Professor Richardson improved accessibility to Ombudsman services through an effective oral complaints mechanism and opening offices in five state capitals. He also fostered effective working relationships with department heads, though he faced stiff opposition from a handful of prominent public servants.
With the cooperation of agencies, the office began conducting more informal complaint inquiries, to achieve faster resolution of less complex complaints.
During Professor Richardson’s tenure, his office took on the role of Defence Force Ombudsman, and began reviewing the Australian Federal Police’s internal investigation of complaints from the public. The Freedom of Information Act 1982 allowed people to make complaints to the Ombudsman about the handling by agencies of FOI requests.
In a public statement released at the time of Professor Richardson’s death, Special Minister of State, Gary Gray said, “Towards the end of his time as Ombudsman, the total number of approaches to the office exceeded 20,000, demonstrating the strength of his public education efforts and the establishment of a reputation that exemplified independence and fairness.”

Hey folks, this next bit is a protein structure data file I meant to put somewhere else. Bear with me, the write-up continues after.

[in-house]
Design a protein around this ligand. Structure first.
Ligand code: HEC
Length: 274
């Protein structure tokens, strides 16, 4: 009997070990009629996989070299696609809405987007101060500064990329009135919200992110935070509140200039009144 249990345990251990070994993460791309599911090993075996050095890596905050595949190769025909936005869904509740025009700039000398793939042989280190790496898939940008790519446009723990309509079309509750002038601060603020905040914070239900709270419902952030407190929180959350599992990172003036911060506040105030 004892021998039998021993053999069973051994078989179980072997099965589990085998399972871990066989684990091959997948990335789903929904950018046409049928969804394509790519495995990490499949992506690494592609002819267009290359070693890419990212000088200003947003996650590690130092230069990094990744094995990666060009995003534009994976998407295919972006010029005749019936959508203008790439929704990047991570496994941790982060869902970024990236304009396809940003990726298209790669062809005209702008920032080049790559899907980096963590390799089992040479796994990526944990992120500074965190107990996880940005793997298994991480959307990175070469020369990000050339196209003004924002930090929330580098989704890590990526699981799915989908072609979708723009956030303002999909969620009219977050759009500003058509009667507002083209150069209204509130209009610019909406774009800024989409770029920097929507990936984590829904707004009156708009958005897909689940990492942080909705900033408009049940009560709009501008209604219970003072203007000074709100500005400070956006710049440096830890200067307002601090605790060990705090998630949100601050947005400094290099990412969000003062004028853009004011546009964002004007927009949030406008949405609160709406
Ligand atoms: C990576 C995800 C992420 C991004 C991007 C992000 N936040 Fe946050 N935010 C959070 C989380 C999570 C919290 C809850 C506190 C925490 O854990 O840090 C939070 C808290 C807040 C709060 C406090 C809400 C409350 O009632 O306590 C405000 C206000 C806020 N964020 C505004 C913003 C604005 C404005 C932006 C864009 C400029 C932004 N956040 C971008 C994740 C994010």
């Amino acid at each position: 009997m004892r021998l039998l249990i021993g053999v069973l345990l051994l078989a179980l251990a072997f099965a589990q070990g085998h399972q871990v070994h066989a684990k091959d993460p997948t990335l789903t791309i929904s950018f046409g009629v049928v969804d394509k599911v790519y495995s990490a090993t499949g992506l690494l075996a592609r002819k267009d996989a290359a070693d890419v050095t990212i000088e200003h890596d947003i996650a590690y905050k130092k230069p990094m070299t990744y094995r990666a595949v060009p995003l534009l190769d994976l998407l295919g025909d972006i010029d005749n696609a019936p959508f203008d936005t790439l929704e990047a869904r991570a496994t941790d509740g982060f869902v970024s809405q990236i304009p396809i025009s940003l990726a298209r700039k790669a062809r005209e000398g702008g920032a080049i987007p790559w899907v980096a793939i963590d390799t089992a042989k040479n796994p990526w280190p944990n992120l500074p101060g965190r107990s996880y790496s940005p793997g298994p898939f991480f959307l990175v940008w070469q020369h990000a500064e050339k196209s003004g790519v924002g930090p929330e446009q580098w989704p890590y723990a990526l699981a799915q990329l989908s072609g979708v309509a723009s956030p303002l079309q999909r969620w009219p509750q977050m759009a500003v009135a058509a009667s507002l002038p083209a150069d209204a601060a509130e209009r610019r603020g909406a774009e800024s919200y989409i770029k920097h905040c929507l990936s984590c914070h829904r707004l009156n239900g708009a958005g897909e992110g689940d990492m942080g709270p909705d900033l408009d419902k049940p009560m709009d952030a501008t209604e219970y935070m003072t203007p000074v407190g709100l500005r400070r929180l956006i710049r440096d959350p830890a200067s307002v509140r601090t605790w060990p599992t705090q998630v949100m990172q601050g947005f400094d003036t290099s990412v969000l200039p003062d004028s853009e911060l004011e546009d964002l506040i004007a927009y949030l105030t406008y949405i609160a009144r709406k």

The previous Ombudsman Allan Asher also paid tribute to Professor Richardson: “The Commonwealth Ombudsman is now a key national integrity agency, and while its functions and role have expanded, its core activities and value to the community have changed little, thanks in great part to the contribution made by Professor Richardson in its formative years.”
Professor Richardson was also a barrister and distinguished law academic. He joined The Australian National University’s Faculty of Law in 1960, became Dean the following year, and in 1977 was appointed Emeritus Professor. He published several books on trade practices law, air and space law, and Australian federalism.
Professor Richardson was awarded the Officer of the Order of Australia in 1984.
After he retired as Ombudsman in 1985, Professor Richardson spent time in legal practice and set up the ombudsman’s office in Samoa, where he was ombudsman from 1990 to 1992.
In 2002, the Commonwealth Ombudsman’s office established the ‘Jack Richardson Prize in Administrative Law’ at the Australian National University in recognition of the contributions he made to the administrative law framework within Australia.
Professor Richardson’s last participation in Australian public life was as one of a committee of three appointed in 2005 to put forward proposals for resolving deadlocks between the two houses of Federal Parliament. At the time of his death he had just completed working on a book on Australian federal government and constitutional law.
The Ombudsman and his staff acknowledge the fundamental contribution made by Professor Richardson to Australia’s administrative law framework and express their deep condolences to his family.